THE THISTLE EATERS

The new batch of piglets have arrived. They are so fat! Brian the breeder parked in the hay field and they handed the piglets over the fence one by one. Express delivery!

There was one very tiny runt baby that he threw in for free. Freebee spent the whole afternoon lying IN the feed-bowl eating. You can see him in the background there. He is a rather jolly wee fellow.

They are quite soft and chubby from their high corn indoor no exercise diet but that will be easy to correct. Although Brian the Breeder does raise them differently from me he always produces solidly built, sweet-natured, healthy, easy going animals that adapt well to a vegetarian diet and being Herefords they are easy to train.

Molly’s Eight are well on their way and drinking standing up now. Once they get to this stage they really start to put on weight.

I meant to tell you that as the Thistle Eaters munch through a patch of thistles I will shift their whole pen then sow oats into the area they turned so they can return to the same patch after six weeks. I expect it will take a few go rounds to really dent the thistles.

Del is wondering what they are eating that she is not eating. Even though it was hellish windy again yesterday she was calm and relaxed which is good.

The two angus calves are above. Lovely animals. One is a heifer you will remember. So she needs to go into the breeding program in a few months.

Today I hope we can work on the fences on the West Side. I need to block these cows off this winter area so it can recover. They have a lot of respect for my electric fences so it is not too difficult.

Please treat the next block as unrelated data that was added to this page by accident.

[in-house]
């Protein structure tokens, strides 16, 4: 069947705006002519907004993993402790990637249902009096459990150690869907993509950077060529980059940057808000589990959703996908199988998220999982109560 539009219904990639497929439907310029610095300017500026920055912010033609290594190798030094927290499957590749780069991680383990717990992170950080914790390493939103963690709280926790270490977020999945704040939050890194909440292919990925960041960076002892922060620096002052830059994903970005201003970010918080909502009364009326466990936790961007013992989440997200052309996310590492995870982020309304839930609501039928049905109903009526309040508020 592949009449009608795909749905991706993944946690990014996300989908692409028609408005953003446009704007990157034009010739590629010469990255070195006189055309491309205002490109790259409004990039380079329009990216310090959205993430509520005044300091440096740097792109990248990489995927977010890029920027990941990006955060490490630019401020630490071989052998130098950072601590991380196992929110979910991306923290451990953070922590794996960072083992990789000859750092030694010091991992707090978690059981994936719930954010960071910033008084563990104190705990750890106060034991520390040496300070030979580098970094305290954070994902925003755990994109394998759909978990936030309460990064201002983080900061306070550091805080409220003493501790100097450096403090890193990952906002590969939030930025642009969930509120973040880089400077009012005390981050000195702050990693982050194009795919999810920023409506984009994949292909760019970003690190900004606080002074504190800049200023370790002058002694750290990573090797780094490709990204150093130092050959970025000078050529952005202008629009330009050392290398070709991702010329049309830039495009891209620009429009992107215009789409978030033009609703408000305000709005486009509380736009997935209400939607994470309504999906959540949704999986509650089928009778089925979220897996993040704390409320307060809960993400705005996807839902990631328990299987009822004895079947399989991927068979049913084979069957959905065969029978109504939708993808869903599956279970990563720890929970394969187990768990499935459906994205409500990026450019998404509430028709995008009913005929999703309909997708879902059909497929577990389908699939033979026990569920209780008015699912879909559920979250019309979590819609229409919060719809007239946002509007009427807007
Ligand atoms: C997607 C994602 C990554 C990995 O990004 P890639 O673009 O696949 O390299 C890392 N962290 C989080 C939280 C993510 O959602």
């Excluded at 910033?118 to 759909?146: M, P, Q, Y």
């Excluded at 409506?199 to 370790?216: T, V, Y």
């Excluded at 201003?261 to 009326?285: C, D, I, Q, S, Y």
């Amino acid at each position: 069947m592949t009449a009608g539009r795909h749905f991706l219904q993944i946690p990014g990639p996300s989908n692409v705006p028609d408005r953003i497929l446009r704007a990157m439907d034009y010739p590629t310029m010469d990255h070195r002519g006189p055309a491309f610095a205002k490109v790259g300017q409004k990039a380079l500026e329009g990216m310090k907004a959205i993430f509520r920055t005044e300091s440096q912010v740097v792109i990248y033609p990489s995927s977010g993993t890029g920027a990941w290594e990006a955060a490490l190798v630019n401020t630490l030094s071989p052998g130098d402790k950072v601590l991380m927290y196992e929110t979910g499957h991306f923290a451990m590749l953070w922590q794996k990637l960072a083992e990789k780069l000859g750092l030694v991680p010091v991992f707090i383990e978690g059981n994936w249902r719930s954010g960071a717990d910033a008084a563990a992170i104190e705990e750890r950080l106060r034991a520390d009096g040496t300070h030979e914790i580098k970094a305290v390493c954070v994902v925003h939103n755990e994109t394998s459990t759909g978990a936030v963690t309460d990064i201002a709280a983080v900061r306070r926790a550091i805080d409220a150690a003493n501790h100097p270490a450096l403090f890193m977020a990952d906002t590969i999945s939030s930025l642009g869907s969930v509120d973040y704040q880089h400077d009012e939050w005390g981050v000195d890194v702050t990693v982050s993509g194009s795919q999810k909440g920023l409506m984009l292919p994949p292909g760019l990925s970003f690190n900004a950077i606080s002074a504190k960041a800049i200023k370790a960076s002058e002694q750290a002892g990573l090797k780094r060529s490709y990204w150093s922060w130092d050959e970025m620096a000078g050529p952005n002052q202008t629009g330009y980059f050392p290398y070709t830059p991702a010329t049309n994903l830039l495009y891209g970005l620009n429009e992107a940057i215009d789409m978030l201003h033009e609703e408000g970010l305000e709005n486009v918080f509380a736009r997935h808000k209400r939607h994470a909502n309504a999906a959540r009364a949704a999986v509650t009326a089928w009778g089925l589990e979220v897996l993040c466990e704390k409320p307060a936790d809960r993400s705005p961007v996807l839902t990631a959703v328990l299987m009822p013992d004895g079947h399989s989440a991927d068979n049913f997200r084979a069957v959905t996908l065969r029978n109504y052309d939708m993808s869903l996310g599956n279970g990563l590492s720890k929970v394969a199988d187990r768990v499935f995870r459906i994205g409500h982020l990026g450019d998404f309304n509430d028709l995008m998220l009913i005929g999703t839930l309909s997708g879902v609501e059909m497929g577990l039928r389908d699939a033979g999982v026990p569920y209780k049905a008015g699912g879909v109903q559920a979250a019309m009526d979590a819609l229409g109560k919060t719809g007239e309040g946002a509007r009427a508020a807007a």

Abundant sunshiny day today! Hope you have a great day too!

C

19 Comments on “THE THISTLE EATERS

    • Hi Jim, yes that is an old fire hydrant. Isn’t it lovely – though looking a bit wonky – I need to fix that! I use them to keep the hoses out of the gardens as I water.

  1. It sounds as if Freebee has the right idea: stay close to the source of food, expend minimal effort, and eat constantly! He’ll catch up with the others in no time if he keeps that up. Your pig fencing is looking very robust and professional these days, probably just as well with those little hellions about.

  2. Celi, where did you get the big blue shelter for the piglets? It looks like it could be a shelter for all kinds of farm animals!

  3. They are in for a change of lifestyle! They will love it, out in the fresh air.

  4. Having gotten my sweat-damp coveralls a little too close to the electric fencing more than once, I can totally empathise with those poor cows with their lovely salty-wet noses… :/
    Bring on the Grubbing Crews (damned thistles!; )

  5. I did not know that they ate thistles. One of the main problems with thistles is that almost no one wants to eat them. As they move in, everyone keeps their distance until someone goes in and grubs them out. Only goat eat them, but there are none here. Goats are crazy, and even eat seedlings of Mexican fan palm and Canary Island date palm that grow on the embankments of the freeways in Los Angeles. I thought that putting up the fences would be more work than it was work, but it is easier than grubbing out palms, and those goats actually eat them dead to the ground!

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